Other Ways to Use Magnesium In Your Hair Care Routine
Use It As Part of Your Scalp Massage
If you aren’t already using scalp massages in your daily hair care routine, you should be!
Scalp massage is the mechanical stimulation of the scalp using either your fingers, or a specialized massage tool. It helps to gently stretch the skin and hair follicles, which stimulates blood flow to the area and improves elasticity.
So, where’s the proof?
In 2016, researchers from Hong Kong studied the effects of scalp massage on nine men. Their goal was to understand what role, if any, massage had on hair density and thickness.
The results showed that the participants who received four minutes of scalp massage per day for 24 weeks saw an increase in hair thickness (though not density) when compared to their baseline measurements:
The researchers determined that the cause of these results was the mechanical stress applied to the Dermal Papilla Cells (DPCs). This stress induced gene expression within the DPCs, some of which were linked to hair growth.
Fortunately, the technique is simple and it can be performed anywhere and at anytime.
Using your thumb, middle, and index fingers, place each hand on the sides of your scalp. Apply gentle pressure, and begin to move your fingers in a circular motion.
Continue these movements on the sides of your scalp for 1 – 2 minutes, and then slowly make your way towards the crown.
Continue on the crown for 1 – 2 minutes, and then move towards the hairline. Begin at the center, and slowly work out to the sides (temples). You can go back and forth between the center and temples for 1 – 2 minutes, and then return to the sides of the scalp.
Finally, bring your hands to the back of the scalp.
As you perform this technique, you can always backtrack to previous areas if you’d like.
You can do this in addition to using the magnesium oil shampoo, or rub magnesium oil into your fingertips and massage it into your scalp during the process.
Apply It After Microneedling
Scalp massages aren’t the only way to increase blood flow to the scalp. Another way to do so with with microneedling.
Microneedling is a technique that involves the use of a specialized tool (such as a dermaroller or dermastamp). These tools contain tiny needles which are pressed into the scalp to induce wounding.
As the wounds heal, they go through a three stage process which involves:
- Proliferation; and
This can aid in the production of new skin cells, as well as the development of collagen.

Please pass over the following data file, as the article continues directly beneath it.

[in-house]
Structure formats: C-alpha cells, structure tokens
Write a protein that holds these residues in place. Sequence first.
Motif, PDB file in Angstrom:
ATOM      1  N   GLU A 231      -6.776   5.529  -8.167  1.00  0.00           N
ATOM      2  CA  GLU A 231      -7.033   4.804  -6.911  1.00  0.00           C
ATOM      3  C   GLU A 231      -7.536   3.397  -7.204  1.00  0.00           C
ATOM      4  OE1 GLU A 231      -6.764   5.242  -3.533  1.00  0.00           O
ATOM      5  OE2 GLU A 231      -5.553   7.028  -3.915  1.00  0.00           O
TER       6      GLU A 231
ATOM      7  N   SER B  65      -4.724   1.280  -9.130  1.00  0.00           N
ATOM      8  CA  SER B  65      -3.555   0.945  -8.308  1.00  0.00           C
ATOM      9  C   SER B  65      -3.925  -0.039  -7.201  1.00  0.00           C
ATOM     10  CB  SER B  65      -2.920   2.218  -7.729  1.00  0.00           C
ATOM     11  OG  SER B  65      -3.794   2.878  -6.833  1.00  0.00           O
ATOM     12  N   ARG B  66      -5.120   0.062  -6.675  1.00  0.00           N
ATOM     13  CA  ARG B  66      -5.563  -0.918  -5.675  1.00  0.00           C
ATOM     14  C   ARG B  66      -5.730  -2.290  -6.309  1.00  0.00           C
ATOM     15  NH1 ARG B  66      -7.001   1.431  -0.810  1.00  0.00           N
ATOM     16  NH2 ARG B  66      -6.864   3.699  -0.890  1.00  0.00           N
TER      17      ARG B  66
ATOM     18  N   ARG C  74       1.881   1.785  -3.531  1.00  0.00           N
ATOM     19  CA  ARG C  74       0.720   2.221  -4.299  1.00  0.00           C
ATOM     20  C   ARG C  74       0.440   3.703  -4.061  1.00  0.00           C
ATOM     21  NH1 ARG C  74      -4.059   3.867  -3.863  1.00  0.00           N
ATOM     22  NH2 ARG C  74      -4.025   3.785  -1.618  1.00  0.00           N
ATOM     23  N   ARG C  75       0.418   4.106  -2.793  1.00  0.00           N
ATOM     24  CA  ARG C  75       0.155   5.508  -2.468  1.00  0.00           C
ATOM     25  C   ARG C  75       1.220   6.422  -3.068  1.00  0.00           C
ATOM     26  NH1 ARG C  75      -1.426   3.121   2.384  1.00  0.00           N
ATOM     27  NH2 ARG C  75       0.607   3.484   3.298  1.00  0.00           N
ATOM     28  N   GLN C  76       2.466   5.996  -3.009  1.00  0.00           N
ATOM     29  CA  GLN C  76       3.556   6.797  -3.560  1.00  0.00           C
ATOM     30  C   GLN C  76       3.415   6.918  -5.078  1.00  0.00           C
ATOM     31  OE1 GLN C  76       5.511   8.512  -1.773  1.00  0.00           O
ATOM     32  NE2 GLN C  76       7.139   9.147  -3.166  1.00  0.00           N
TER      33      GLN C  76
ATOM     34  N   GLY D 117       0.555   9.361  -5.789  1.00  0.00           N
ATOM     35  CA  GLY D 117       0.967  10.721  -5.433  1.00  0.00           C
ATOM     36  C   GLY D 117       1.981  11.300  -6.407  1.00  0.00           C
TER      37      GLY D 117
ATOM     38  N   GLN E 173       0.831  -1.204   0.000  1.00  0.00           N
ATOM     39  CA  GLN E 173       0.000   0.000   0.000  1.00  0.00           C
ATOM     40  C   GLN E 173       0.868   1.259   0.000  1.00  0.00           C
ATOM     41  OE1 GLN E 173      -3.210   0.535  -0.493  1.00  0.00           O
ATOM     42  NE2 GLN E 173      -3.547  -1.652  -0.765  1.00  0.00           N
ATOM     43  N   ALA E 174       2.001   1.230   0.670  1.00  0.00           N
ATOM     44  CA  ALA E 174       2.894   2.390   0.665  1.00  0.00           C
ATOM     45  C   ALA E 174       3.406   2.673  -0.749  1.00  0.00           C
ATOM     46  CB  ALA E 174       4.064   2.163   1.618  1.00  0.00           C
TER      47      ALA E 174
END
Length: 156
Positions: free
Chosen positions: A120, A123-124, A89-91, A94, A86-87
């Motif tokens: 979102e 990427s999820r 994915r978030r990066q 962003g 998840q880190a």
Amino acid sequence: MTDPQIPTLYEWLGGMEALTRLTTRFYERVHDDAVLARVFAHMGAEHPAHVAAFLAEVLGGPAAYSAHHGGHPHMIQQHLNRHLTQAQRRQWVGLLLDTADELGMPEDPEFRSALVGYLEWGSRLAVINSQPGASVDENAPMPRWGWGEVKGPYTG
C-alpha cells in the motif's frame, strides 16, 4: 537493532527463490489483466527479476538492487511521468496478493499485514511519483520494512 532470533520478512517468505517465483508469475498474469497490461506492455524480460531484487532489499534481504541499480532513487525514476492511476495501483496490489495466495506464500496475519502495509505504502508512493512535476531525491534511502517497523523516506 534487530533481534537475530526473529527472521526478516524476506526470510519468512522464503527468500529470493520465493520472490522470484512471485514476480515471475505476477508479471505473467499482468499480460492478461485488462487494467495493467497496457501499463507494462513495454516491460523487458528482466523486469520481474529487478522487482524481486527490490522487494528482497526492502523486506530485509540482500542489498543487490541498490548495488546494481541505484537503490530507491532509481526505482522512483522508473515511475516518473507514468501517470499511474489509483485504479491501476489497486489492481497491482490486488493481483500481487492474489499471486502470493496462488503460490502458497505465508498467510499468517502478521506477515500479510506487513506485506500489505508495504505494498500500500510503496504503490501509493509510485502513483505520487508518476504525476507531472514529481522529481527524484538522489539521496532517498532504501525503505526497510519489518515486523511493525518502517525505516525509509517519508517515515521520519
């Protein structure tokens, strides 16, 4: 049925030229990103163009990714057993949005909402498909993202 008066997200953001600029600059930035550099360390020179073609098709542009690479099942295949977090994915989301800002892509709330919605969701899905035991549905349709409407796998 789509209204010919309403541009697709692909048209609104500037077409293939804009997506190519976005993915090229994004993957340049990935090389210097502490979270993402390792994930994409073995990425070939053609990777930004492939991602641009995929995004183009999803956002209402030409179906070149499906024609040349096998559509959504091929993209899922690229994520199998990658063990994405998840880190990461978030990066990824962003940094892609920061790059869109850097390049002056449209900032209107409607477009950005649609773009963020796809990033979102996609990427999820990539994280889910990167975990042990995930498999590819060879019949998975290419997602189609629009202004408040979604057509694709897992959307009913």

Most importantly, microneedling has been proven to be effective in inducing hair growth in humans. One particular study even showed that microneedling (in addition to minoxidil) worked better than minoxidil alone:
If you’d like to add microneedling into your routine, here’s how.
First, you’ll need to choose a tool. The two most popular are the dermaroller and the dermastamp.
The dermaroller is used by most scientists in their research, and it’s perhaps the best known microneedling tool. Just be aware that the roller can increase your risk of injury.
The dermaroller is contains needles placed on a rolling pin. You roll these over the scalp, and the needles puncture as you go along. If not careful, this can dislodge nearby hairs, and it may even penetrate too deeply.
This is why I recommend =the dermastamp. This tool uses needles placed on a rectangular block at the end of a handle. You place it against your scalp and press down lightly to initiate the process.
You may experience a bit of discomfort, but the process should never be painful. If it is, you’re either using a needle too large or are applying too much pressure.
Now, let’s get started!
To begin, I recommend cleansing the scalp with a salicylic acid peel which will remove any layer of build up that’s present.
Next, using the tool of your choice, apply it to the area of hair thinning and apply pressure. If you’re using a roller, roll over the area in different directions (horizontal, vertical, and diagonal) four to five times. If using the stamp, place the tool in different directions upon each pressing.
Repeat this on all areas of hair loss.
You should then clean the tool (using an antibacterial wash and boiling water) so it’s ready for your next session.
So, where does the magnesium oil come in?
If you want to boost the efficacy of magnesium oil, I recommend applying it 8 – 12 hours after your microneedling session.
This will give your scalp time to heal, but the wounds will still be delicate enough where oil can easily penetrate.
Magnesium oil can be a powerful (and underused) product to combat hair loss if it’s used in the right way. I highly recommend adding it to your homemade shampoo (please stop using commercial shampoos) and using it in the hair tonic.